US 6168739 B1
A rigid or semi-rigid plastics sheet material comprises a pair of opposed faces (20,22) between which run elongate voids defined by interconnections (24,25) between the two opposite faces, the cross sectional shape of at least some of the voids being a polygon with more than four sides, preferably a repeating pattern of regular hexagons or octagons joined in a line at adjacent sides or apices and including triangular secondary voids therebetween. Advantages include higher strength, lighter weight and faster cooling during the extrusion process.
1. A method of forming a rigid or semi-rigid plastics material sheet having a pair of opposed faces (20, 22) between which run elongate voids, said method comprising the steps of passing melted plastics material through a die (12) followed by cooling using air inlets (15, 23) and calibrated plate (14, 16) characterized by forming the cross-sectional shape of at least some of the voids as a polygon with more than for sides for maximizing air inlets (23) per square meter and forming the contact distances K of the upper and lower walls of the voids greater than that of sheets not having polygonal voids.
2. A method according to claim 1 further defined as forming the polygon as irregular.
3. A method according to claim 2 further defined as forming the interconnections (24, 25) and the primary voids of a repeating pattern of one of regular octagons and hexagons.
4. A method according to claim 3 further defined as joining the primary voids together at one of a side and or an apex.
5. A method according to claim 3 further defined as forming smaller polygonal voids between adjacent primary voids and having a polygonal shape matching the particular shape of the primary voids.
6. A method according to claim 1 further defined as using of a polyolefin, a polyethylene or a polypropylene.
7. A method according to claim 1 further defined as forming the opposed faces (20, 22) as one of external and internal faces.
8. A method according to claim 1 further defined as forming any of the preceding claims wherein at least one associated air inlet point in each void.
The present invention relates to an improved extruded plastics sheet material having voids therein, having particularly useful application to the packaging of food products, especially fresh fruit and vegetables.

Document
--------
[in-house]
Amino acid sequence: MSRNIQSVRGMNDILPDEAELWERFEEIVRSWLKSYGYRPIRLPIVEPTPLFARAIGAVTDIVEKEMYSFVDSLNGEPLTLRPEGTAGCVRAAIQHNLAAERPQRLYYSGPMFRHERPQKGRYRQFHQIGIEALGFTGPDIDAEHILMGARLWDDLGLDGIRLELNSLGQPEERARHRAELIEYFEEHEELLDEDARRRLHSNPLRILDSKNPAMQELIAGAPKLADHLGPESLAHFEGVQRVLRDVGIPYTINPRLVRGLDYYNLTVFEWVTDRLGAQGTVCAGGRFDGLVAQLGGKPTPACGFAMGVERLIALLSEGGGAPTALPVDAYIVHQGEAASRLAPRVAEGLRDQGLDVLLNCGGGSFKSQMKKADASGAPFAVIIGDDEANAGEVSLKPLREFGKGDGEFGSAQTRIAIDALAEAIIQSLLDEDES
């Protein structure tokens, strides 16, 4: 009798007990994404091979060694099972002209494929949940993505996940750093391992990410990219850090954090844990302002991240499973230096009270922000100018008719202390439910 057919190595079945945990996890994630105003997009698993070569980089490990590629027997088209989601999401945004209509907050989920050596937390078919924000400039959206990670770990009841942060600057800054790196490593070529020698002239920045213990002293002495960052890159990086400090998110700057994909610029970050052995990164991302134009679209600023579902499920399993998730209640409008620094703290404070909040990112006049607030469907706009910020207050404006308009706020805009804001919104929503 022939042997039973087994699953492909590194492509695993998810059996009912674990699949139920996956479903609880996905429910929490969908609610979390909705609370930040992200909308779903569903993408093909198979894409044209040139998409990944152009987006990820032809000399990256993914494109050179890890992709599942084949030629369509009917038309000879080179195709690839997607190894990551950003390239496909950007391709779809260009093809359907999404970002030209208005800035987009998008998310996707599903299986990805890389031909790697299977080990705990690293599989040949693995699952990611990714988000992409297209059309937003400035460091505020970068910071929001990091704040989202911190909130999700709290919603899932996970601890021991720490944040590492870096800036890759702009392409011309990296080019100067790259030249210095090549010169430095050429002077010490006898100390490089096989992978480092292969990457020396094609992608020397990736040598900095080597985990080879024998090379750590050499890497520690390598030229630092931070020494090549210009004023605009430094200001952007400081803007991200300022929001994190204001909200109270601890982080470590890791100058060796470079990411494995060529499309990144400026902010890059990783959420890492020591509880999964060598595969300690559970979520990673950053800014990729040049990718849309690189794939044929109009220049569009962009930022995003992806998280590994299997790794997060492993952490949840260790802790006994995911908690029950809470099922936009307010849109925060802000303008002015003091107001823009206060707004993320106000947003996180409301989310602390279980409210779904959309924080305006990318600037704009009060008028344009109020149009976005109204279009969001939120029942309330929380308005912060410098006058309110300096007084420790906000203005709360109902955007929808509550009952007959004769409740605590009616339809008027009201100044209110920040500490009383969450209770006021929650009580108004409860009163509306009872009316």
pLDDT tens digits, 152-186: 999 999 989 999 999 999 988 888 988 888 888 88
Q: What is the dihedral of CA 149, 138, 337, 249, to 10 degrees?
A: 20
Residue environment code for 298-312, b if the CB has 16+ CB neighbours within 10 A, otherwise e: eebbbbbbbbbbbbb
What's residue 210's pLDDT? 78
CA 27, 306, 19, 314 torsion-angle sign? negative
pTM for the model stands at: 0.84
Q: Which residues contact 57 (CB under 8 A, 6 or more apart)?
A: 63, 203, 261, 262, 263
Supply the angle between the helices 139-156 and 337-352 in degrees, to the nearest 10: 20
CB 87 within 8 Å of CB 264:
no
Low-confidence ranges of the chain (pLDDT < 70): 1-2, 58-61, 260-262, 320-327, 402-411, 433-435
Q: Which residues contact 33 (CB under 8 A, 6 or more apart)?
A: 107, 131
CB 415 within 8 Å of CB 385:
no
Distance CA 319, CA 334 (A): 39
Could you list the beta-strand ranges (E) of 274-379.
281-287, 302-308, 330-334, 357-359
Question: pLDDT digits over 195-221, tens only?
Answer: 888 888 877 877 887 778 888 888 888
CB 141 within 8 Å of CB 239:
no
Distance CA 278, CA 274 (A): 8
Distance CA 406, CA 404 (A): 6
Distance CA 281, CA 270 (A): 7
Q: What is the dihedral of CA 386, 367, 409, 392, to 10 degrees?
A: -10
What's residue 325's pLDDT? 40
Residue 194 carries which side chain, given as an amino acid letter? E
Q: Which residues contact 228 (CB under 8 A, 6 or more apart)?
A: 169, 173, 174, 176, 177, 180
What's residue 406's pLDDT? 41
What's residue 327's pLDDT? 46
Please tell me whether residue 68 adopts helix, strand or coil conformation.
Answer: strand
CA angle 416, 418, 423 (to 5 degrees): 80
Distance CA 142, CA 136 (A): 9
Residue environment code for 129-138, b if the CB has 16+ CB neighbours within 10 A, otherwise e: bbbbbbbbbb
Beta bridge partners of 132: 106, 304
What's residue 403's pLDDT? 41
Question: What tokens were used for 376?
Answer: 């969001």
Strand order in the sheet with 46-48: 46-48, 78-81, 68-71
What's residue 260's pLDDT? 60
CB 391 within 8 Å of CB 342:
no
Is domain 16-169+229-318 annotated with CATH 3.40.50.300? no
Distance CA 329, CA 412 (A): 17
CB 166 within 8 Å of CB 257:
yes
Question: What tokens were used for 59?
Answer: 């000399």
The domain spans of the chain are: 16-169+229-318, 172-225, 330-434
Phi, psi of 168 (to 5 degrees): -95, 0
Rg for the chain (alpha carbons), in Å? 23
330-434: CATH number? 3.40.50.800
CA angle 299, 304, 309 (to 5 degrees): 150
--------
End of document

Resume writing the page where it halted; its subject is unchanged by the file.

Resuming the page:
PCT patent Specification No WO 91/16243 describes such an extruded sheet material comprising a pair of opposed faces between which run a series of elongate voids arranged such that there are two series of interconnections between the two faces, these two series joining one another where they meet, to form a “criss-cross” structure of interconnecting beams. Other shapes of voids are also described, including circular and oval. The voids reduce the weight of the sheet whilst the interconnections enhance the strength against both compressive and buckling forces. An “I” beam structure is also commonly used, in which the opposed walls are separated by lateral support members.
This type of sheet is generally extruded through a suitably shaped die into the space between upper and lower plates. In order to cool the extruded sheet, the plates (known as a “calibrator”) are water cooled and air is also blown through air nozzles in the die, into the elongate voids, although the latter has a lesser effect due to the air being heated during its passage through the voids. In addition, to sustain the sheet during cooling, a vacuum is applied to the plates.
Any attempts to increase the strength of the sheet (which necessitates increase in the sheet weight and/or thickness) result in longer cooling times, hence slower overall production.
Strength tests show that the traditional “I” beam structure gives the best resistance to vertical compressive force applied at the point where a lateral support contacts the sheet face, but that resistance to buckling demonstrated by the “criss-cross” structure is about three times greater than the traditional “I” beam structure (as determined by the Euler Load Ratio).
The present invention therefore seeks to provide an improve structure of voids, which maximises mechanical performance, minimises sheet weight and is cooled faster during the extrusion process.
According to the present invention there is provided a rigid or semi-rigid plastics sheet material comprising a pair of opposed faces between which run elongate voids defined by interconnections between the two opposite faces, the cross sectional shape of at least some of the voids being a polygon with more then four sides.